I think a big part of that is more than anything these days is like when you put an advertisement, whether it''s a job posting or its in the newspaper, most people tend to go to your corporate website. And the corporate website is probably the best for that end because under your careers section, if you start to put some information about, what is like to work there, what type of options and benefits you have, add in a diversity section or interweave diversity throughout it, throughout the entire career section. If you''re not going to interweave it, than at least have a section there that says diversity that talks about the organization. Make sure that you make the disability stand out and kind of show them what you do and if you have someone who is working in the company has a disability that wants to put a testimonial up, those things work really well. Anytime you have a testimonial, any kind of employee who is actually working in your organization who can promote that on your website tends to create a personal connection with people and that tends to go further. The only other option I can''t think is advertising in specific areas or for publications. Again, using EARN has kind of like advertising in a specific location because we do have job seekers that show up to search our jobs. A lot of them will come here to run self-directed searches and they will come here to find a position and apply through us but there is other organization, Diversity Inc., has been doing a lot. There are cost, you have to pay for their services, but they have been doing a lot in the disabilities communities. There are also several organizations out there and there are probably some local ones where you can really start to advertise the message. Google probably the best way is just to type in disabilities job org or something like that in your local area and try to find something that way. But you can also contact us to find out specific locations in the career field and we can make some recommendations too.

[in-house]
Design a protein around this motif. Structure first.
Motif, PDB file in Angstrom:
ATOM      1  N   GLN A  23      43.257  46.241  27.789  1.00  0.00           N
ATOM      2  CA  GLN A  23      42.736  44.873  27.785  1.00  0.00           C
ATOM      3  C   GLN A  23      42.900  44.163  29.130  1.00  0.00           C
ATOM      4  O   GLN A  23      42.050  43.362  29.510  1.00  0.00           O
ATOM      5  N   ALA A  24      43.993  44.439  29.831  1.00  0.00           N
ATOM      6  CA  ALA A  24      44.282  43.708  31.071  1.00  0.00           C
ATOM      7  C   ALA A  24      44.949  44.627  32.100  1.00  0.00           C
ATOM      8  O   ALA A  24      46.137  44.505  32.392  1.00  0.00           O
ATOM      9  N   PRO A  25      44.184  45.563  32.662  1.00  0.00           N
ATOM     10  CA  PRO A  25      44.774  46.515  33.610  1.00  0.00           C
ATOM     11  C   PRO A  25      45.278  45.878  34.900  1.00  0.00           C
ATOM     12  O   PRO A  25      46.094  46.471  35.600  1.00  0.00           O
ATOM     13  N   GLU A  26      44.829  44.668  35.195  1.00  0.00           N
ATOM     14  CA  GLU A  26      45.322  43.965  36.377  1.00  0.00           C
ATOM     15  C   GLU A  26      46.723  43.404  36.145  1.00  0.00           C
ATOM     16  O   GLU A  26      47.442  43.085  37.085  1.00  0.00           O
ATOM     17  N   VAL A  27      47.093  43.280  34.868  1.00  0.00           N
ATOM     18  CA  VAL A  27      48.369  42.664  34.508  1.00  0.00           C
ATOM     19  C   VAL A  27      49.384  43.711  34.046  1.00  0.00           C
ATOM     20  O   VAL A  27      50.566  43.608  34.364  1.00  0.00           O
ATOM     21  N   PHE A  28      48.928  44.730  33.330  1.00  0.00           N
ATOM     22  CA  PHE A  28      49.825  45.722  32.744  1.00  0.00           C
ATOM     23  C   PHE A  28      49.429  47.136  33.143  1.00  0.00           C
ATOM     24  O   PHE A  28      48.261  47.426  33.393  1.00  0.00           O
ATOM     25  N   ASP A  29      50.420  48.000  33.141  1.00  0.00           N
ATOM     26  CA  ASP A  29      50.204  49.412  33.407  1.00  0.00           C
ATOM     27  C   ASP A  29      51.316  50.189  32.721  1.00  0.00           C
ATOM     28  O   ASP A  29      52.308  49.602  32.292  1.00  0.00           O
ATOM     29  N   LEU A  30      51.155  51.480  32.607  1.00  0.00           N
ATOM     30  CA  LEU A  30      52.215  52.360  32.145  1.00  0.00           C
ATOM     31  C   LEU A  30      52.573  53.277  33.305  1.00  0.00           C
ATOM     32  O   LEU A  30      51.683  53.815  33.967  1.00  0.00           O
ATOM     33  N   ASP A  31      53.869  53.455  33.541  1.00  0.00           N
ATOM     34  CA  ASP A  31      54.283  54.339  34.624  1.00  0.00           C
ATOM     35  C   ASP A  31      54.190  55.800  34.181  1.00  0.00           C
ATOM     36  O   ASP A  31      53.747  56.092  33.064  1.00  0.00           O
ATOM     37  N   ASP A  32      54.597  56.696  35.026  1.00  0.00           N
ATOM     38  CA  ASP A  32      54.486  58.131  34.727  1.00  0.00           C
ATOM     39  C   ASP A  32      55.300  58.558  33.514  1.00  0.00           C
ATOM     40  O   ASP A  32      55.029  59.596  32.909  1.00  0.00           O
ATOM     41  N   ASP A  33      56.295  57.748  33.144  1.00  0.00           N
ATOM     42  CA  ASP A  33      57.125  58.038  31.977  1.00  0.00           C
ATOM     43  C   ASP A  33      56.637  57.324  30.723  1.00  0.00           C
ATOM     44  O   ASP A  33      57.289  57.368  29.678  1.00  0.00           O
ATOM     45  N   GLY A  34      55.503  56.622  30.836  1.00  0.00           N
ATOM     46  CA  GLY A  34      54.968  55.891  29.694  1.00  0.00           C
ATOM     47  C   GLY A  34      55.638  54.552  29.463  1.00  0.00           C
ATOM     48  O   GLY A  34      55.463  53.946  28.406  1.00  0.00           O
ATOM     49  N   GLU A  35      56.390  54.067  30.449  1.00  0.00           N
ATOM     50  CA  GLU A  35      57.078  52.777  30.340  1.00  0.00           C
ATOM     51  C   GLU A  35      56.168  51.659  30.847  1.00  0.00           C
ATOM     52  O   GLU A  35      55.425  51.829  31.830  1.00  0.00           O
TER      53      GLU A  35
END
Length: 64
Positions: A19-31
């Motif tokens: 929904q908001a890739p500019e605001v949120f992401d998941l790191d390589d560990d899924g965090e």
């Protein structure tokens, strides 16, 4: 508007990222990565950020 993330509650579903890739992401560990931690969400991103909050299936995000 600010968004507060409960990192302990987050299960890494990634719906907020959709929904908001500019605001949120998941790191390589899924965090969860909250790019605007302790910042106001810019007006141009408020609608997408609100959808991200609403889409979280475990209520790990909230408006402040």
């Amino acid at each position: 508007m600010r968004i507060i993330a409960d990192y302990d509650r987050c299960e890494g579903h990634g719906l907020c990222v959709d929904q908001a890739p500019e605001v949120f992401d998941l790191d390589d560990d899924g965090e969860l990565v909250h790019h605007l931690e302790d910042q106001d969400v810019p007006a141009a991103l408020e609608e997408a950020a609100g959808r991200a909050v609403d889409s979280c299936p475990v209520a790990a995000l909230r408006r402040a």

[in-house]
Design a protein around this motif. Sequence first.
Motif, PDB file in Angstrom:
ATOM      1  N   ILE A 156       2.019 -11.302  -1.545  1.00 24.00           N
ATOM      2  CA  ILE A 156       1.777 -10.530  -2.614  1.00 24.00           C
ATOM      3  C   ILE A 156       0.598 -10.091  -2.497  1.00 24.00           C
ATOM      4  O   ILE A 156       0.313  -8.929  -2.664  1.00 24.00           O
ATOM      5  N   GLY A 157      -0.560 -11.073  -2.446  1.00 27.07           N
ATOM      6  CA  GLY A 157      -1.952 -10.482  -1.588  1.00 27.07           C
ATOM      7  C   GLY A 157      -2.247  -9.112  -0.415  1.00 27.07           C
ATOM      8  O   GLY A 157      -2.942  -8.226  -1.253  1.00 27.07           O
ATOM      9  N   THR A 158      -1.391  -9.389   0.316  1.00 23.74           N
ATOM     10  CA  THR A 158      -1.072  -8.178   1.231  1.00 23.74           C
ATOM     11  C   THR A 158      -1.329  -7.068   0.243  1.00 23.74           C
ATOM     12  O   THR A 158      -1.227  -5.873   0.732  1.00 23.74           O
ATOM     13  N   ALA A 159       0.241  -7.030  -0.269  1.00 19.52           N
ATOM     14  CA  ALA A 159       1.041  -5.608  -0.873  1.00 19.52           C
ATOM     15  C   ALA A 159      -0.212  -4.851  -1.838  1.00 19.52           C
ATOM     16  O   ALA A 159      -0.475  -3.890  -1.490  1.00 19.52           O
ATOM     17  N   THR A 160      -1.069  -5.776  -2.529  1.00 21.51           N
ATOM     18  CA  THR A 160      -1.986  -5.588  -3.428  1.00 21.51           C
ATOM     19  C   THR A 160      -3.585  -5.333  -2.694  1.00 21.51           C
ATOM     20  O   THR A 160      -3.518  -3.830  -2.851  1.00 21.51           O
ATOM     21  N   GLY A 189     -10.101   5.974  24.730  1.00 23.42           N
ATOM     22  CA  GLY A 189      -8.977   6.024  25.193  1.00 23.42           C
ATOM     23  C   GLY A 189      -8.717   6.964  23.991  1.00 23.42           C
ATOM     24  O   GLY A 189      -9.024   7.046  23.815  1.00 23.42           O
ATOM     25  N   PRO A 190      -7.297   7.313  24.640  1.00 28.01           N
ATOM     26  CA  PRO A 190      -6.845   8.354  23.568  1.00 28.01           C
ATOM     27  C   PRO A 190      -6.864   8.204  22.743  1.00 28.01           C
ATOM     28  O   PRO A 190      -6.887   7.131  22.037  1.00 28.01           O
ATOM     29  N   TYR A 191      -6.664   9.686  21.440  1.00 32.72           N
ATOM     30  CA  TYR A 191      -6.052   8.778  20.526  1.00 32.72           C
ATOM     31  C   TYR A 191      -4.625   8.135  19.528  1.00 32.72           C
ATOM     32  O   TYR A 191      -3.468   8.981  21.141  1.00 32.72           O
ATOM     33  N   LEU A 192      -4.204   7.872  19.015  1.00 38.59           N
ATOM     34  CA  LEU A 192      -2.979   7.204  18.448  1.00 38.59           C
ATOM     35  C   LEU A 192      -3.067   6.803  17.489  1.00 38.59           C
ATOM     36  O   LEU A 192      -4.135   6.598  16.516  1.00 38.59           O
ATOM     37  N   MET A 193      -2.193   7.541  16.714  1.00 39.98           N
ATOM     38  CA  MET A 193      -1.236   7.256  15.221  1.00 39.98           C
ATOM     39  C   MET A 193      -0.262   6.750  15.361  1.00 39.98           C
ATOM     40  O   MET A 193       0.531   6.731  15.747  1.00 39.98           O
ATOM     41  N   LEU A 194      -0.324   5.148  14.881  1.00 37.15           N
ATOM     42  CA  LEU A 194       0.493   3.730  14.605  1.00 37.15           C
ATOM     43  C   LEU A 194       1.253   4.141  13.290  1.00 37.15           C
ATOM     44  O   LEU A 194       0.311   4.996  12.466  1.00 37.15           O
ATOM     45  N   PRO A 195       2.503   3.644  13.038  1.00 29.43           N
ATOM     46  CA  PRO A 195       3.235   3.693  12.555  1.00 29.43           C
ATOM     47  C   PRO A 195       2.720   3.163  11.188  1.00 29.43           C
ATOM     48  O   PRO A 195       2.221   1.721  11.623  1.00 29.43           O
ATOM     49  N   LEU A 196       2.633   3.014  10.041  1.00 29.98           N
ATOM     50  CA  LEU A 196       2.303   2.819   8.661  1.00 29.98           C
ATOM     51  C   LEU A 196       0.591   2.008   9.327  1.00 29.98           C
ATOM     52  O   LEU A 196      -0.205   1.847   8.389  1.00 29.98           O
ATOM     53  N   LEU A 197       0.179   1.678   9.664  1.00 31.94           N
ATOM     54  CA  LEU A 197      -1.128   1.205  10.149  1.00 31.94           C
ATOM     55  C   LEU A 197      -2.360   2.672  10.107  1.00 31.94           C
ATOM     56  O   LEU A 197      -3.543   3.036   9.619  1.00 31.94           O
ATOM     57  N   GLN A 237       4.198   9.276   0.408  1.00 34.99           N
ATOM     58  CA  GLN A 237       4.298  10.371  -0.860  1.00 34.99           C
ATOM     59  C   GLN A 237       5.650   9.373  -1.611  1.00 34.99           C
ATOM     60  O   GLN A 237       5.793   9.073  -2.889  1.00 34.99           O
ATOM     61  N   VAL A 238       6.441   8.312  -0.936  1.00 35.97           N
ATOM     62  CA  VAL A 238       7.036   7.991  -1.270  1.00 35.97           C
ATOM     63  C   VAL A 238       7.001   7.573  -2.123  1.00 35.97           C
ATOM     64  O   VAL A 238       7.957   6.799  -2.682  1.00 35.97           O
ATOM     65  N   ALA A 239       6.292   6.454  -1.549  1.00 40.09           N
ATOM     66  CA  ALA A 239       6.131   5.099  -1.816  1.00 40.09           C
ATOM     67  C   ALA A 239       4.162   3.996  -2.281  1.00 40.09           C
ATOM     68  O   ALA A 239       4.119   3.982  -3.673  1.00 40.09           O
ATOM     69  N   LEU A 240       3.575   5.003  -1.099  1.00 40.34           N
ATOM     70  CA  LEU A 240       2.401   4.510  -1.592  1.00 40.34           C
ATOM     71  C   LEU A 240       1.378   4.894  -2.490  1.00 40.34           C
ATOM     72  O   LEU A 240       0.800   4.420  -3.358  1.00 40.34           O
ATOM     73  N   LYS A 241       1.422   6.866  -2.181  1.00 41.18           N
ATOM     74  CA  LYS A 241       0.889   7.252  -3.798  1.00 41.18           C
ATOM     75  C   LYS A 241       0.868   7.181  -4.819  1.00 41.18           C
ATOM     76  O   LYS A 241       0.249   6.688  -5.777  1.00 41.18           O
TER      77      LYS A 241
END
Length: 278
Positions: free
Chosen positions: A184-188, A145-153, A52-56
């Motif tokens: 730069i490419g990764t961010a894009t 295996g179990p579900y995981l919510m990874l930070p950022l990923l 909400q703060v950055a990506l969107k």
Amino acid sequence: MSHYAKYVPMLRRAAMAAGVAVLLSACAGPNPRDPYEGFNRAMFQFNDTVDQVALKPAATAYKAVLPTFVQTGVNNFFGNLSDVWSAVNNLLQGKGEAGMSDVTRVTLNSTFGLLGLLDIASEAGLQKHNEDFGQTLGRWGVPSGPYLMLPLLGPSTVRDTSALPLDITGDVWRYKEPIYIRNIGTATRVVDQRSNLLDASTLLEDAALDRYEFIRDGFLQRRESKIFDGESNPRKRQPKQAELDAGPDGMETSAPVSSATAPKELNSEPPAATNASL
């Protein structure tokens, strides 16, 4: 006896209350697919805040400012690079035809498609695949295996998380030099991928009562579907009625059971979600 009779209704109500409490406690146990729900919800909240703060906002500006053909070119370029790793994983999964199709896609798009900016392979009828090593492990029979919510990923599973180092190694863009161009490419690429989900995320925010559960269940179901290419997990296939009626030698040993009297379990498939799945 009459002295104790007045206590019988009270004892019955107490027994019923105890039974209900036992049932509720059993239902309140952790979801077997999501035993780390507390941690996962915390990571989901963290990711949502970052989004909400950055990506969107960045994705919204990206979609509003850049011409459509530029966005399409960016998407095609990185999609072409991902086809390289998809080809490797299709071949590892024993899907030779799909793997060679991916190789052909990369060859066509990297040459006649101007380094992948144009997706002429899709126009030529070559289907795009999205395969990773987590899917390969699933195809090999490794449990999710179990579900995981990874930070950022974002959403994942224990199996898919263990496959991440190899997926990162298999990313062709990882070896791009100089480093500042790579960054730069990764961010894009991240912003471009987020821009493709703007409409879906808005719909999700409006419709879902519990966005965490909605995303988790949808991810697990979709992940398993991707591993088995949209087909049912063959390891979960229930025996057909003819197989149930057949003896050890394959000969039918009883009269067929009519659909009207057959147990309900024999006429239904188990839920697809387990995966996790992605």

Alright, excellent. May we have our next question, please.
We have another captioner questioner.
Alright, go ahead with the question please.
Have you ever done an evaluation of service providers to see what they thought of EARN''s services?